The Courier News from Blytheville, Arkansas on May 30, 1946 · Page 10
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The Courier News from Blytheville, Arkansas · Page 10

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Blytheville, Arkansas
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Thursday, May 30, 1946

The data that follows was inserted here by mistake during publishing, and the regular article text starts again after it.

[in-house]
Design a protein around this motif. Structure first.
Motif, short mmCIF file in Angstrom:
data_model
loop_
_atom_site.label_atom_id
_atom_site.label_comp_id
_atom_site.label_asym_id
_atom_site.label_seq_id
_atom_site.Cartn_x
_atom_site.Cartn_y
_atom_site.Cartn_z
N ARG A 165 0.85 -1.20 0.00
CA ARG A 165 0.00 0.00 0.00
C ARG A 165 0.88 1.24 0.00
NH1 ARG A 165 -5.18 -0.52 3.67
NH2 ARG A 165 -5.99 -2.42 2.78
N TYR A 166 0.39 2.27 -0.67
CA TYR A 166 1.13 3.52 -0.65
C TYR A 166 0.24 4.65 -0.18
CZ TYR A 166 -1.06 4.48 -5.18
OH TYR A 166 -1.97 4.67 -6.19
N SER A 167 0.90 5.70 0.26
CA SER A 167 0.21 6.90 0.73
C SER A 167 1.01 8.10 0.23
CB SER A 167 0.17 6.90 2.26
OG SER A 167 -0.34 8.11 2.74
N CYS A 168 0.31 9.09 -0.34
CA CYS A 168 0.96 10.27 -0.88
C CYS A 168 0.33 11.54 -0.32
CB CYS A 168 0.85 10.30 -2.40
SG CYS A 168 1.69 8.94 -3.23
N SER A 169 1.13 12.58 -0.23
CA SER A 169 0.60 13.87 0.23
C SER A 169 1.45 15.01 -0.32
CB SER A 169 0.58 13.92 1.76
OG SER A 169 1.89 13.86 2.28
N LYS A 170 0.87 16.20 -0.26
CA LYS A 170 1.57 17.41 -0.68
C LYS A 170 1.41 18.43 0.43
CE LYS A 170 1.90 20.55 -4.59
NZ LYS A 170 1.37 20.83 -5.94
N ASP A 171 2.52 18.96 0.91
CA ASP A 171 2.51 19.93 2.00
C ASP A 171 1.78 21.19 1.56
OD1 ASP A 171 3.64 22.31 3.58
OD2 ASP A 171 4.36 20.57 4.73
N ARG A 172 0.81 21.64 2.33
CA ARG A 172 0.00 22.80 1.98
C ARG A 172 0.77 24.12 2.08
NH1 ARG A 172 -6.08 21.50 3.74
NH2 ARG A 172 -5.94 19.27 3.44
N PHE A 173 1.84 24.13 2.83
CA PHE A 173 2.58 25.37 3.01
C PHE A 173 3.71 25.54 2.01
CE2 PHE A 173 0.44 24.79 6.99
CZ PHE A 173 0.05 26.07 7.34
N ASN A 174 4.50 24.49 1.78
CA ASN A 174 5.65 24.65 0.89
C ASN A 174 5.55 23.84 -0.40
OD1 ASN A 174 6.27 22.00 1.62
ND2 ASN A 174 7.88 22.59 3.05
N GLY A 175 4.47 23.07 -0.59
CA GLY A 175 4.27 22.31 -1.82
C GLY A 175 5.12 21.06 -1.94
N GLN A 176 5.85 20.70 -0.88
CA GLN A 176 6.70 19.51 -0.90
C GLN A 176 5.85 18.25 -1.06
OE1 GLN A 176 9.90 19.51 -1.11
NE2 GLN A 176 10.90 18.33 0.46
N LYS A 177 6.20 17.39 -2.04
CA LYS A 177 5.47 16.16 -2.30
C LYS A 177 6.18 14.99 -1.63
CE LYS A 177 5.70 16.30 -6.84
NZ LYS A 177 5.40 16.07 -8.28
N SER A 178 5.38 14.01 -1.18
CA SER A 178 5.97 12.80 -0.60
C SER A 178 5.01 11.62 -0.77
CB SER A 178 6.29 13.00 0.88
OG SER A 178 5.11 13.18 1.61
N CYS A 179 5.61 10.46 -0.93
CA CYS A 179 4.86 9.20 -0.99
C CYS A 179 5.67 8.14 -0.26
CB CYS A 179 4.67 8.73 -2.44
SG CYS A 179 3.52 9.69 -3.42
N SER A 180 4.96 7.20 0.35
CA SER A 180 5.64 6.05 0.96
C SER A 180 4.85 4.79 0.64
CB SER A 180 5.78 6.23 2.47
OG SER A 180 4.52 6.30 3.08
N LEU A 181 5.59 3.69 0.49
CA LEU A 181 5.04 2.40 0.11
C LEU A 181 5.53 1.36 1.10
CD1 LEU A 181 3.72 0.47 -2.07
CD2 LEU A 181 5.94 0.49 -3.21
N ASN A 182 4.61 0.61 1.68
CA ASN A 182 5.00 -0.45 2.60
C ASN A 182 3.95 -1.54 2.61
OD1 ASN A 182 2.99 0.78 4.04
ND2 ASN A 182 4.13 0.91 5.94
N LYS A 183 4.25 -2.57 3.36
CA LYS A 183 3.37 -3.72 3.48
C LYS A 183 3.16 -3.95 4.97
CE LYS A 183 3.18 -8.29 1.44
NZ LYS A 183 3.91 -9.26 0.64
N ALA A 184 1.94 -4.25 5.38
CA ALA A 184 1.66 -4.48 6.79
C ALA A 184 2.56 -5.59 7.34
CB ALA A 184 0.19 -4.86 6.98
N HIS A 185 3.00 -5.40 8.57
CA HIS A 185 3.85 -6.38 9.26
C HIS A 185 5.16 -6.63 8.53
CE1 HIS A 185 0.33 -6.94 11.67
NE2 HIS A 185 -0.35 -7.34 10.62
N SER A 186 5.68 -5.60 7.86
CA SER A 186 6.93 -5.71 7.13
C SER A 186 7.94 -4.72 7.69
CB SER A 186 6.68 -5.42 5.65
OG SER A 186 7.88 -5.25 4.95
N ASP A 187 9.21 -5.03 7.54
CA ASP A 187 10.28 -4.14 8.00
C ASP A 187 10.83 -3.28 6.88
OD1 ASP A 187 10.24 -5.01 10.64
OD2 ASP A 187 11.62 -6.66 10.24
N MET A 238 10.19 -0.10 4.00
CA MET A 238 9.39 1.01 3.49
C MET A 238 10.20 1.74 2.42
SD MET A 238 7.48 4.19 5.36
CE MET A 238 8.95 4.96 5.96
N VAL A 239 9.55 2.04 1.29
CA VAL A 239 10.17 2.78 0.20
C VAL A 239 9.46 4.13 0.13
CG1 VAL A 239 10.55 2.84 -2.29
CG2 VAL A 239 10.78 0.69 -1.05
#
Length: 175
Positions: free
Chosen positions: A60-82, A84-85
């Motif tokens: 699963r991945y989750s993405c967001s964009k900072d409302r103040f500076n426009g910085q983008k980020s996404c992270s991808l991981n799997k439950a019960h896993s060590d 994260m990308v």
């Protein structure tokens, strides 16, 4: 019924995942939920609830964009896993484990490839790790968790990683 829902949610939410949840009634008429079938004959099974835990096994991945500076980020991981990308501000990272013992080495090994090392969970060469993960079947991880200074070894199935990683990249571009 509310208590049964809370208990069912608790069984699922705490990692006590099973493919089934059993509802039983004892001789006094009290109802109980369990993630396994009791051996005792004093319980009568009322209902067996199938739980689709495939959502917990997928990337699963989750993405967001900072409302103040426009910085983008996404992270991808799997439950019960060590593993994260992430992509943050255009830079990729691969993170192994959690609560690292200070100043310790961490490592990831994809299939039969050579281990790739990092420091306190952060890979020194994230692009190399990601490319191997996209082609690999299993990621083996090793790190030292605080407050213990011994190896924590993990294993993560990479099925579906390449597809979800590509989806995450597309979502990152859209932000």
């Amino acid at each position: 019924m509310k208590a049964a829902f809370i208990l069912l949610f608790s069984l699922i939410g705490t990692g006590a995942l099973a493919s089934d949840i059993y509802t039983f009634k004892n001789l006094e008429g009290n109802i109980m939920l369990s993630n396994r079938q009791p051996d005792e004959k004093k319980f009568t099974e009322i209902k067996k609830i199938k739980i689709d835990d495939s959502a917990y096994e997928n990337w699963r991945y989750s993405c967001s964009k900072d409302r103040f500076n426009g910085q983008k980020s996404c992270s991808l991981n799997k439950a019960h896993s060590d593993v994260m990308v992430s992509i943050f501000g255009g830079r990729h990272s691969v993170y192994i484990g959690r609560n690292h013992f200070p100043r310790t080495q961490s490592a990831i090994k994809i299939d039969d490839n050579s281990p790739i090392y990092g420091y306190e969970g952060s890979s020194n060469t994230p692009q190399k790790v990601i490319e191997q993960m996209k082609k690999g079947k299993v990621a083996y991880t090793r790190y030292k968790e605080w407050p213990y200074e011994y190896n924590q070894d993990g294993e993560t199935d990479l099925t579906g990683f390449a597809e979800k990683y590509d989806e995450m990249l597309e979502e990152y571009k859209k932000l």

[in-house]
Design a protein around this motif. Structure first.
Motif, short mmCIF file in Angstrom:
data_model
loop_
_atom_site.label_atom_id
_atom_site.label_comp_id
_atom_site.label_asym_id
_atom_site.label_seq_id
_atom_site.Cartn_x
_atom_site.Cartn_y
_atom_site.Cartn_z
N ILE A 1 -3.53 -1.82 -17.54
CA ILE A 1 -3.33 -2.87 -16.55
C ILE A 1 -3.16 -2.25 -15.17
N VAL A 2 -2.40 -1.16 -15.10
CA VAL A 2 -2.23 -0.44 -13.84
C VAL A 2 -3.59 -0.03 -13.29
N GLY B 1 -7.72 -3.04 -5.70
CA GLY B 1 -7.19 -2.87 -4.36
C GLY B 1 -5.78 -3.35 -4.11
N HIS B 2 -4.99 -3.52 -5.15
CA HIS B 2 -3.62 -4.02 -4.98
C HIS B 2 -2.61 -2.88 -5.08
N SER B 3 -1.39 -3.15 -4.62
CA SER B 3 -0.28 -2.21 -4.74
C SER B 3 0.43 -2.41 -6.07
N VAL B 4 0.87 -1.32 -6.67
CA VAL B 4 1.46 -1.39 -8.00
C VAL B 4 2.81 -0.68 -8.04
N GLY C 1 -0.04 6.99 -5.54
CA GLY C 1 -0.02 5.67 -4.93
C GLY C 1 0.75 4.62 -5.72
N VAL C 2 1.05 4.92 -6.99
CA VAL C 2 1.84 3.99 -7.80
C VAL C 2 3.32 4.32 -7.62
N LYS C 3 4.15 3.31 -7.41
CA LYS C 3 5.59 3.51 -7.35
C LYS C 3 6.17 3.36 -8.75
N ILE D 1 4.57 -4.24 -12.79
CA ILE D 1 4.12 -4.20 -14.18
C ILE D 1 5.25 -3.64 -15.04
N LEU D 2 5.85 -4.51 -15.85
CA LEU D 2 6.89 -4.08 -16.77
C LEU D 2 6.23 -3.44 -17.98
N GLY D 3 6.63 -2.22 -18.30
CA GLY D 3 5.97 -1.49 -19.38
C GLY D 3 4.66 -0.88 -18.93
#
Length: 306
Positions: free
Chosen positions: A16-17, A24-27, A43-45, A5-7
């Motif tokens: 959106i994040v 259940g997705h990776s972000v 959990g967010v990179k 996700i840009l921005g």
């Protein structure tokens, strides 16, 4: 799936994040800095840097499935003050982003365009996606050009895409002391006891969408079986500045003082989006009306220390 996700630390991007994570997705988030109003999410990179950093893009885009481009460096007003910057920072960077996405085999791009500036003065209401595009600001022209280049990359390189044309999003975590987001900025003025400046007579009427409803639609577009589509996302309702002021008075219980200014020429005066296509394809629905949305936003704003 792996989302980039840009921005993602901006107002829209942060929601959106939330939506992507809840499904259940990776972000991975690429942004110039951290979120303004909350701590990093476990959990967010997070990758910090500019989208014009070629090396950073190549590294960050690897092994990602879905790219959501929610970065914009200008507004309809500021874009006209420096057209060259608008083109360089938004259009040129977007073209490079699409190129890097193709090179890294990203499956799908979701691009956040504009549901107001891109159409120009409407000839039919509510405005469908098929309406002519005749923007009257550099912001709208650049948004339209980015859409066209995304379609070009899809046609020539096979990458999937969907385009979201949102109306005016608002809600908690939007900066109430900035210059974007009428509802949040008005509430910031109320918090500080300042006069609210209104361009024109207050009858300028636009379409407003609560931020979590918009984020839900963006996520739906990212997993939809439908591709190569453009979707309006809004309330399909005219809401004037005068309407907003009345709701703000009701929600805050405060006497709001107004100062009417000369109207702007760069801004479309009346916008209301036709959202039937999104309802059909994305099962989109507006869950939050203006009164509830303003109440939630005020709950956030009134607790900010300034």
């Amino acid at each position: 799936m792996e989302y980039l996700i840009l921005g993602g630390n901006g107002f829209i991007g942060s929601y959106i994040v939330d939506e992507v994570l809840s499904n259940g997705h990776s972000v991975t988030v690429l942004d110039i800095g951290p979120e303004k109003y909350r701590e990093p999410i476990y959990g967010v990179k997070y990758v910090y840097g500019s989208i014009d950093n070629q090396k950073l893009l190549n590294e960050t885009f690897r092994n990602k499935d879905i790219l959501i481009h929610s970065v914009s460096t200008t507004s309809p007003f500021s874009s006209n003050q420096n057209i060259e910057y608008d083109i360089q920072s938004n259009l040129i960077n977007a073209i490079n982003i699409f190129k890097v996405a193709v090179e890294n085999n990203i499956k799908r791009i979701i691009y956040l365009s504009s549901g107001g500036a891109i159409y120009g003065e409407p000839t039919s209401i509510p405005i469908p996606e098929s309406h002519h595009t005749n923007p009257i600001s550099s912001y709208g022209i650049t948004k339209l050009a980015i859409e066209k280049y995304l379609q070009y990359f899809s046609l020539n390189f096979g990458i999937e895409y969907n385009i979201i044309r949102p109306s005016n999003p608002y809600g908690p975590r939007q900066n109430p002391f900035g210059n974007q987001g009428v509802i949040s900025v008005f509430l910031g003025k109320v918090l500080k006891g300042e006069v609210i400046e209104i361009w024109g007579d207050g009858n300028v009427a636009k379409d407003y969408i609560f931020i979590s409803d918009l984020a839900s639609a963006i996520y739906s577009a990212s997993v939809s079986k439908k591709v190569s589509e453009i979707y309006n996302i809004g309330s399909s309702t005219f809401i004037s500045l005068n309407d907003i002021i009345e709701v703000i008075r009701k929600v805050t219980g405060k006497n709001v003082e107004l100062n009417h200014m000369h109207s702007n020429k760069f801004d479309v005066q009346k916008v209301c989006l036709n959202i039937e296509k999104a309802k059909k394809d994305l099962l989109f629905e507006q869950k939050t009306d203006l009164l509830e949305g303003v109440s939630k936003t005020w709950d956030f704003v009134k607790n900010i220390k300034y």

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FACE TEN BLTTHKVTLLE (ARK.) COURIER NEWS BLTTHEVILLE OOURIKB NIWB TBB OOCTRIEB NZWM OCX ' B. W. HAUOCB, PoMttMT , JAMES L. VERHOEFT, Editor THOMAS. B, ATKINS, Advertising Manager Walton Wttmer Oo, New aott, AttoU, itenphl*. Tort, Chlemfo, Of Published Brer? Afternoon XKrapt Sunday toicnd u iccond claa nuttier at Uu po»t- offlc* at BlytheTllle, Arkansas, under act of Ooo- grtm, October », 19 IT. Bcrred br Uw United SUBSCRIPTION RATJBB By curler In the city of Bljthevine or aay MtmrtMtn town wben curler aerrloe tt maintained. JOc per week, or «6c per nontn. »y mall, within • radluj o* 40 mil*, H0» per fMi, *2-00 for tfx months, $1.00 for three tf. mail outride M mile K»e, «10«0 per payable In advance. Memorial Day, 1946 |r " "It is for us (he living rather to be dedicated here ... to the ^reat task remaining before us—that from HICKC honored dead wo lake increased devotion 'to tlie cause for -which they gave the last full measure of devotion/—that we here highly resolve that these dead shall not have died in vain ..." Those words, so familiar and often repeated that only their beauty and eloquence rescue them from banality, can bo read today in a new light. Their fresh meaning becomes almost an accusation as the nation pauses, on the first peacetime Memorial Day in five years, to honor the (lead of this latest, and greatest war, along with those who gave their lives in earlier conflicts. ' Ours is indeed a great task today. But how well does our devotion to it honor those who gave the last full measure? How earnestly do we strive to make sure that the dead have not died in vain? The answer is not a source of pride. The strength and unity with which the nation supported the men who fought its war are relaxed and broken. There are many who despair of the peace so dearly won, mid laugh at the painful effort of a new society, built upon the costly victory, to maintain that peace. The dead whom we honor today fought to defend "the proposition that -aSli .men .>re-.-cvea.ted .euual'JL. against those who would destroy the freedom and dignity of men. They fought to defend the nation dedicated lo that proposition. Hut, tholuigh the nation pays them homage today, its general behavior yesterday and tomorrow does them scant honor. We quarrel and bicker and accuse. Group clashes with selfish group in pursuit of selfish goals. We suspect our neighbors and our neighbor nations. And what of "the brave men living" who fought and survived? We seem to have forgotten some of our sincere wartime promises of unforget- ting gratitude and a better life. Manv of those men who fought the nation's war, far too many of (hern, are ill* housed and ill-clothed, jobless or poorly employed. And still houses are not built, goods are not produced, jobs are not provided. And still we strike and wrangle. Let us be dedicated to the great (ask remaining before us. Let us here in Ulytheville and tlirotigliout Mississippi County, the whole of Arkansas and the nation, here highly resolve that these dead shall not have died in vain. It is the least we can do, ana remembering it is little enough. Papa Knows Best The contract of the United Automobile Workers with the Ford Motor Co. contains a provision outlawing wildcat strikes or stoppages and disciplining instigators of and participants in such strikes. Later UAW officials renounced this provision as a matter or future policy. Now, a majority of rank-and-file UAW members in Ford plants have voted in favor of this provision. But George F. Addcs, UAW secretary- treasurer, says that it is impossible to reconcile the Ford contract with the later statement of policy, and that no future contracts will include such a clause. This seems neither very democratic nor very sensible. What the Ford UAW members did was simply to vote that it was the responsibility of both signatories to a contract to live up to the contract's provisions, even when one signatory i s a labor union. The vote revealed that the majority fa\ ? or legal responsibility, as it is found in non-union walks of life, over special privilege. The workers' voluntary expression of such a sentiment almost surely will win them new friends outside the labor movement. A few more such voluntary expressions and there would have been no serious threat of "anti-labor" legislation. Hut the UAW officials do not see that, or choose to ignore it. They have now reversed their position. And it seems to be a case of Papa knows best —even when Papa changes his mind. THURSDAY, MAY SO, .19 'I'm Sorry, Sir, Still No Answer!" * .IN HOLLYWOOD .". . BY KRSKIN'K JOHNSON NKA Staff <'urres|H>ml<-nt HOLLYWOOD, May 30. (NEA) — Three of Hollywood's top feminine slars, Joan Crawford, Merle Obo- roii.and Olivia <lc HnvillaiKl, archnl- tlhiB for the role of Ainallc In Taylor Caldwell's best-seller, "This Side of Innocence." Joan is Miss Cald- woll's personal choice for the part. . . . Eddie Lowe and Mary Brian will IK starred In a new play, "Mary Had a Little," which Al Rosen will produce on the coast with an eye on Broadway. It debuts In San Diego July 12, then moves to San Francisco July 15. Raymond Walburn, famous for Is scene-stealing trick of raising Is eyebrows, was caught off-guard Lucille Ball and George Brent. s eyebrows wouldn't move at a ruciiil moment in n scene for "Lov- Come Rack." I'm paraly/ed," he screamed. Call a nurse, call a doctor. Do omethinff." Then Lucille and George con- essed they had bribed a makcup- lan to tape Walburn's eyebrows so hey couldn't move. O PARIS WITH "MADRID" Michcle Morgan and hubby Bill dnrshall will go to France to co- tar In his original story, "Madrid. . . June Dupren and Charley Smith, the press agent, have set the wedding date. They'll marry in New fork when his divorce becomes I'mnl oon. . . . Bob Taylor will be the irst Hollywood ex-serviceman to en- ertain for servicemen in the Euvo- )can theater. He and Barbara Stan- vyck and the iJack Eennys will go here this summer. Johnny Mack Brown, of nil peo- ilc, does one of the best Samba ^WASHINGTON COLUMH Virgin Islands Experiment — BY PETER ED SON |A third Is Roy Gordon, president ol NEA Washington Correspondent ' tne counci i, wl]o camc i, ack to tllc SO THEY SAY On the eve of the peace settlement (with Italy) let us have the courage to recognize that In n peace without justice there shall be neither peace nor justice.—Emperor Haile Selassie of Ethiopia. * * » Japan must have some food imports. Without them all Japan will go on a ration little better than that which the Germans gave the Inmates of tlie Buchcnwnlcl and Belsen concentration camps--Herbert Hoover, chairman President's Fmnfnc Emergency Committee. • * * If it were not far strikes wo would now be at or near cnuaclly production in most fields. —CPA Administrator Join, I). Small. i AN OLD FRIEND !'".-- r .t»niP xxxvi SOMETIMES Dcbby suspected : there was something nbout her engagement that wasn't quite normal, although she couldn't be sure because she didn't kno\v anything about how it was with other people's engagements. The wedding date remained comfortably vague, and occasionally it seemed to move ahead a couple ot months without anybody's moving it. Now, ,-when it was mentioned at all, it seemed to be assumed that it .would take place some lime in the fall. •* V «»"T V •.. .- ,., |* Most'of the time Dcbby felt strangely willing to let things slide along, although there had been a few days lately, days when the air was soft and full of frag- ranee ot flowers and the feeling of springtime, when she had wished ^Ihat Ken would insist on their .getting married as soon as they could get a license; or better yet, .that he would want her to star! out in his car and drive right through lo that place in Marylanc 'Where you didn't need to wait for ;a license. •~--i" - ,«r»..>. .—>,.,,-,. i« And there had been a few tiroes .'when he had looked at her will a peculiar tense moodincss anc asked her if they were going t< go on this way (or ever. Then h ;would r.sk impalienlly why they couldn't get married next week .or the week after. But those time ^ad never happened to be th :ones when she was thinking i ;Would be nice to drive to Mary land, mid usually they both secme ;happy enough to let things slid la'.png the way they were. •» , She did vender "a lillle if sh could really be In love and sti [feel th« way she sometimes di -abaK other nice-looking men sh , ^happened, to meat, sort of excite and all; and she worried some be 'cause the way she felt about Ke ftfl«a.U»e y/ay si: id felt about Joel Sumter dur- g that crazy week almost three cars ago, that dream \ycck lat had ended with the night- are night, when the house urncd down. If that was being i love, It didn't soern as though lis could be too. They were so ffcrent. But most of the time he was pretly sure that what she •H for Ken was the real thing. * * * 'OMETIME in June the Wymans came down for the stim- icr. Bart could come only for ic week-ends, and Dcbby didn't appen to see him until one Sat- rday evening in mid-July, when ic met him outside of the posl ffice. ., '. ., He said, "Hello, stranger, why on't you conic around to see lib ny more?" For just a moment her old feeing that the Wymans were pcopl_ could be proud to have for riends came back, and she looked t him shyly. Then she rccoveret her newly-acquired assurance anc milcd, "I'm a woiking goil, didn' •on know?" "Sure, but how about Sundays Yhy don't you come over som Sunday, for tennis and a swim Stay to supper." "I'd love to," she said politely without particularly meaning it. "Tomorrow?" Bart asked. "Not tomorrow," she said : 'Somclinie soon, though." She waved nonchalantly an went on out to her car. Maybt just for old times' sake, she woul drop over there some Sunday. Bi Sunday was the day the crow gathered in the afternoon at U Curriers', and before she knew the summer had passed witliou her ever gelling over to see tl Wymans ?i all. . «*•*- .— Usually they ' stayed 'at 11 Cape well into the fall, but th year for some reason they wen back around the middle c" ,• ieraber. and Debby jell vaguely incicncc - stricken when ~shc •iir<; Cicy had fione. ££_ • f ' : Therefore \vlicn, l\vo weeks la^, Agnes told her there was mebody at the Wymans' for the eek-end, although she didn't low who, Dcbby decided she ould drop in there Sunday aft- noon. She could go on to the urriers' later or not, just us she cased. She didn't have to stay .ore than ten minulcs if s'lc :dn't want to. Ken called t» nd, just to save > km ol »vtno» ons, she told k.m jne t-»rt l-V»« vitcd over lo u.e V..... ; ."or ic nflcrnoon. • « • IE drove in to the Wynians', and Bart was kneeling in the irn-around in front of the guest ouse, rigging a surf-cnsting rod. c looked \ip as she walked to- •ard him and grinned his broad, riendly grin. "Hi, Ihere," he said. Did you ever do any surl cast- She shook her head, reluming is grin. * ,• , * "You ought lo try H." He slood p and shook hands with her. Glad to sec you," he said. "There's n old friend of yours inside' here." "Who?" '"' "Joel Sumter. ncmor•'•• •'..;...:" Dcbby raised her eycurov.s al he mention of his name, then aligned when Bart asked it she remembered him. Her self-possession was practically perfect. "Remember him!" she exclaimed humorously. "I should say so. I thought he was the most wonderful man I ever saw. But he broke my heart," she added blithely. Bart laughed too. ''How did he do that?" - •*4t- •> ^^. "By refusing to promise to come back and see me. It was the great tragedy of my life." She chuckled. "OI course he was just being kind You remember what a dumb kid' I was in those days. I just could not believe I could be so mils about somebody without liis being just as nuts about m;.".- ** Bart nodded, still giinnln-, but there was a slightly s;>cciiiaiivo look in his eye, and Dobby realized Hint he knew it was Inking a bit of an c(T c rtt r l»f lo be jo!:Mig (.bout it. v **'*-**Mt- j»«- *?•» (To B« CaUiBMd); IwiH CHARLOTTE AMALIE, St. Tho- , mas, Virgin Islands, May 30. ;(NEA) —Hopes soar here these days in the land which Herbert Hoover once called "America's Poorhouse. " For the first time, the 26,000 inhabitants of the Virgin Islands— 90 per cent of whom are colored— have a Negro governor. He is Judge William H. Hastie, Inaugurated to he offic c on the bandstand of Emancipation Park in the presence of Secretary of the Interiors Julius A. Krug himself. In the parade of •• automobiles through the narrow streets of this old Danish town, at the cocktail »arty reception for 500 or more of th c Islands' leading citizens in Government House, nt the banquet that night in Bluebeard's Castle overlooking the harbor, in demonstrations next day on St. Croi>i?Islanrt —nobody' looked much at big Secretary Krug. All eyes ,\vere'.on the new Governor Hastie. What they saw was n lean six-footer of 42. He had been an honor man at Harvard Law School, dean of Howard University Law School, wartime adviser to Secretary Stimson on race relations, 'and the first. Negro to be named a federal judge, serving on Ihe bench from 1937 to 1933 here at Charlotte Amalle. Here he had married Beryl Halll- day, reigning beauty and- daughtei of one °f the capital's first families. So Ihls was a homecoming for a native son-in-Jaw. Everybody turned out to celebrate, in a day that made Virgin Islands history and whoopee. It may be hard to tell about these things without arousing a lot senseless prejudices,- though that shouldn't he. stories that when President Truman nominated Hastie for the governorship, all the old while families prepared lo move out, aren't so. Actually, the exodus consisted of an old Danish apo- Uicycary and two elderly Danish ladies who were gong bock to Denmark anyway. But this Is an experiment in government so Interesting that it should be watched from thc U. S. islands should be better known to Island should ue better known to Americans: Their tropical charm; their possibilities as n vacation spot for tourists; the fiict that a growing number of Americans, retired on pension, have chosen this as the place where they will make Ihcir homes during (heir last days. American government of thc 1s- anrts—under the Navy from 1917 o 1831, under thc Interior Deparl- iient since then- -has been nothing o brag about. If the islands havc- Vt exactly been kicked around, they lave been unduly neglected and exploited. AH these simple, kindly icoplc want now Is Just a little bit letter standard of living, just a half-way decent break in their Hruggl c for existence. That's where Governor Hastie comes in. All the native people look to him to pass a miracle and establish the millennium, quick. For that reason, the Iroublo that Governor Hastie will encounter will come more from his own iicople, who expect too much and arc probably doomed lo disappointment than from the white, who expect too little. SIDE (GLANCES islands in 1938 to form the Progressive Guide, the islands' one and only political party, which controls the native vote and runs the reform movement calling for lowei electric rates, sewers, a better water supply, more sanitation and health, price and rent control, ant: a minimum wage of 20 cents ar hour. fcy Galbrattfc L IMS EY MA SERVICE 1 , IKC. T. M. REG. U. S. FAT. r /--JO his lecnstcr daughter, Jnno 1'lct. . . . Those dally lx>U(|iiel.s {' tils Caldwc-ll received (in Ihe •'} Television" set were from I'i Karl, the millionaire shopman.H ... !, Three studios arc scrccwc.le Jack Smith, (he radio wail Ij'v/oocl is his home-town. . ric McDonalds' ex-husband, Vi<^ sntti, is still her agent. Bill us as he lands :i big contract foi'j, ihey will split up commercial-!' too. f IIOBllVSOXKltS' UEAU f Since being named Man olj Year by the Hobbysoxer.s of Ai ica, Glenn Ford needs sonieoi; decotie his fan mail. Sample i 1 note: | "Dear Beau Boy: You rneli I'm not guy-goony. but you're s ly King siffi and home-co:, Please stay as you are and f brush mush." (I don't i>ol it, eilf] Many of those scenes in '''I to Earth" can't be photogra* with a back light on Rita r worth. Reason: The flimsy ch 1 she's wearing as "Terpsichore."? Lucille Ball will be starred or radio in the fall in an air i of "My Sister Eileen." . . ,', reltn Young's hair will l>c Worn and cut short for her role in ") for Congress." j| • ' ' I Add signs that Hollywood is'I lo wacky normalcy: Marie Will picketing producer Albert Lewi;! making her wear a corset in II Ami." Her theme song was "}| Fence Me In." A $300,000 appropriation \vn: proved by St. Louis officials ft»| in organizing a non-profit cor;-] tion to provide a fiOO-unit hoT routines in town. He learned it from development for veterans. Award Winner i HORIZONTAL VERTICAL ; 1,4 Pictured I Paid back ! male winner 2 Hail! ! of 1945'Acad- 3 Thee i emy Award ill Constantly , i 13 Gatherer JK• 14 Mimic ;•?/£ • 15 Learned i person • 17 Cooking ; vessel ' 19 Music note : 20 Grecian commune • : 21 Myself . ... ; 22 Kind of duck J2G lee cream ; drinks —.i ' 29 Dropsy . VJp?i. ; 30 Iron ""' '" v 31 Storage place ;32\Vinglike part 33 Fixed look 35 Alluvial de,. j>osit at river ' mouth ,38 Imprecation : 39 Compound i ether '40 Either -41 Lost blood ; 45 Yes (Sp.) .46 Malayan coin 148 Monks f 50 Greek letter 51 Applicant for • admittance 53 Merchandise •. 55 Absolute, rulers / 50 She 4 Manufactured 5 Mohammedan I priest 6 Narrow way 7 Type of boat 8 Like 9 Fiber knots 10 Plays 12 Reprinting (ab.) ,. 14 Oil the sheltered side 16 Editor (ab.) 18 Promontory 23 Preclude 24 Princes 25 Hindu queen 26 Shovel 27 Shield • . bearings 28 Apportioned, as cards 33 Native of Scotland 34 Tower 36 Assayer 37 Operatic solo 41 Mythical of Britair 42 Fluff 43 Dines 44 Doctor ( 47 An 48 Brother 49 Compass M Before 52 Transpose (ab.) 54 Kxclamat "If \vc have lo move in ri^l'l :iwny, Iliis would be :\ good time to have your rclnlivrs for llicir suiniue.r visit—. they'd be useful pelting things slnii^hlcned up!"' In whatever degree he [alls, 'critics will probably say, "What else could yon hope for?"; to whatever degree he succeeds. It may be said "Sec what happens \\hcn Negroes are given a chance." Governor Hnstie has a few whites at the top to help him. Mp'rrls £>« Castro, who is government secretary, is one of these. Another is Walter Taylor, who Ins been commissioner of St. Croix for .THIS CURIOUS WORLD WATER WOULD BOIL IF PLACED IN THE SUNLIGHT. ??£& ^ . '-1 '* A CURIOUS BIRD OF THE AVOUNTA1N STREAMS, OFTENTUVES BUILDS ffHS/VDA WAT£Bf=AJ.t-> WHERE ITA\USr PASS THROU&K THE SPRAY AS It APPROACHES .,, CfS. LEAVES THE NEST. - THE NATIONAL FLOWER OF .SCOTLAND is Q Corp. l?<6 OV f.E* SERVICC INC. s ' •i,'jW» ANSWER: The thistle. S-Jo Out Our Way T Bv.l. R. Wiiiiaj VEH, BUT THE -TROUBLE WITH. THAT IB THE WEXT TIME HE' TRIES TO BLOW OUT A' M/WCH . HE'LL THJMK tf E's] SICK.. - "NOW, PA-ALL TOI MEAM ONE. TWO- HNVM-MPH.' Boarding House with Maj'. Hooj DON'T \S'ORR.V ABOUT' THE MPv3OR, MRS. YES, EOT THAT L: HIS. LIFE HE'S HAD HIS MECk STOCK ' OUT LlKBTMe ' GIRAFFES M TH& ARK, AMD MENJ6R CAUGHT ANYTHIN VMORSE THfSrt SLEEP- HE VJERRS Ort HIS VEST - MAY GET HIM INiTO ' 'SOMETHING MORE i COMPLICATED THftsi A FOLDING BED -~IT'S LIKE GlVJISSG A BABY ,TO PLAY WlTH/j *- ^ NEXT: M«w fast t»n a fortsl fire «r»y«l?